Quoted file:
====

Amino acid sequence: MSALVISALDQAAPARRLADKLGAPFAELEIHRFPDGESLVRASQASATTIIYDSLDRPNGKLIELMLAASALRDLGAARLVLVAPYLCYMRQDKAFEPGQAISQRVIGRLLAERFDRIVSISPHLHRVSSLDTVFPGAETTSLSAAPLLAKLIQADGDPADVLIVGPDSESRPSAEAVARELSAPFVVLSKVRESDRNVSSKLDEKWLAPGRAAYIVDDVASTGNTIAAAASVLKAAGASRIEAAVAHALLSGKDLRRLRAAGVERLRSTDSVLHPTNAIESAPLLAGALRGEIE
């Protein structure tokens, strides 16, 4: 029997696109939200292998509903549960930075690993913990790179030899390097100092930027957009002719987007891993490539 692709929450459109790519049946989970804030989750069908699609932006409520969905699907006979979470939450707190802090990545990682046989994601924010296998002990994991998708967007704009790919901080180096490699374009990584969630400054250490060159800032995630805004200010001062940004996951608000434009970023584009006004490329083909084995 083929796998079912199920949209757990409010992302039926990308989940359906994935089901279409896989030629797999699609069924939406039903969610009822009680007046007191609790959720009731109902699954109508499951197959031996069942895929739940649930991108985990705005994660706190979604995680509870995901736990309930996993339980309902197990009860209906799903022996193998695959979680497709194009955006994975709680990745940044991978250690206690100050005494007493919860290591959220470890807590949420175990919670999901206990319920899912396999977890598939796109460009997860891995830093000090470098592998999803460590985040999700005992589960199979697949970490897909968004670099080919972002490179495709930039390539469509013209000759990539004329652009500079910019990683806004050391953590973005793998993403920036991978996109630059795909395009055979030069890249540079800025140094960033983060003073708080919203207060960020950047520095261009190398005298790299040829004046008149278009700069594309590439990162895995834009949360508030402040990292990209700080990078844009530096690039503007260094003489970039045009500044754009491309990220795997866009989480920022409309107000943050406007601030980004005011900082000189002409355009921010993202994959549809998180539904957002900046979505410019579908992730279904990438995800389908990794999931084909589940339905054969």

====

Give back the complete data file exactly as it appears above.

Amino acid sequence: MSALVISALDQAAPARRLADKLGAPFAELEIHRFPDGESLVRASQASATTIIYDSLDRPNGKLIELMLAASALRDLGAARLVLVAPYLCYMRQDKAFEPGQAISQRVIGRLLAERFDRIVSISPHLHRVSSLDTVFPGAETTSLSAAPLLAKLIQADGDPADVLIVGPDSESRPSAEAVARELSAPFVVLSKVRESDRNVSSKLDEKWLAPGRAAYIVDDVASTGNTIAAAASVLKAAGASRIEAAVAHALLSGKDLRRLRAAGVERLRSTDSVLHPTNAIESAPLLAGALRGEIE
């Protein structure tokens, strides 16, 4: 029997696109939200292998509903549960930075690993913990790179030899390097100092930027957009002719987007891993490539 692709929450459109790519049946989970804030989750069908699609932006409520969905699907006979979470939450707190802090990545990682046989994601924010296998002990994991998708967007704009790919901080180096490699374009990584969630400054250490060159800032995630805004200010001062940004996951608000434009970023584009006004490329083909084995 083929796998079912199920949209757990409010992302039926990308989940359906994935089901279409896989030629797999699609069924939406039903969610009822009680007046007191609790959720009731109902699954109508499951197959031996069942895929739940649930991108985990705005994660706190979604995680509870995901736990309930996993339980309902197990009860209906799903022996193998695959979680497709194009955006994975709680990745940044991978250690206690100050005494007493919860290591959220470890807590949420175990919670999901206990319920899912396999977890598939796109460009997860891995830093000090470098592998999803460590985040999700005992589960199979697949970490897909968004670099080919972002490179495709930039390539469509013209000759990539004329652009500079910019990683806004050391953590973005793998993403920036991978996109630059795909395009055979030069890249540079800025140094960033983060003073708080919203207060960020950047520095261009190398005298790299040829004046008149278009700069594309590439990162895995834009949360508030402040990292990209700080990078844009530096690039503007260094003489970039045009500044754009491309990220795997866009989480920022409309107000943050406007601030980004005011900082000189002409355009921010993202994959549809998180539904957002900046979505410019579908992730279904990438995800389908990794999931084909589940339905054969």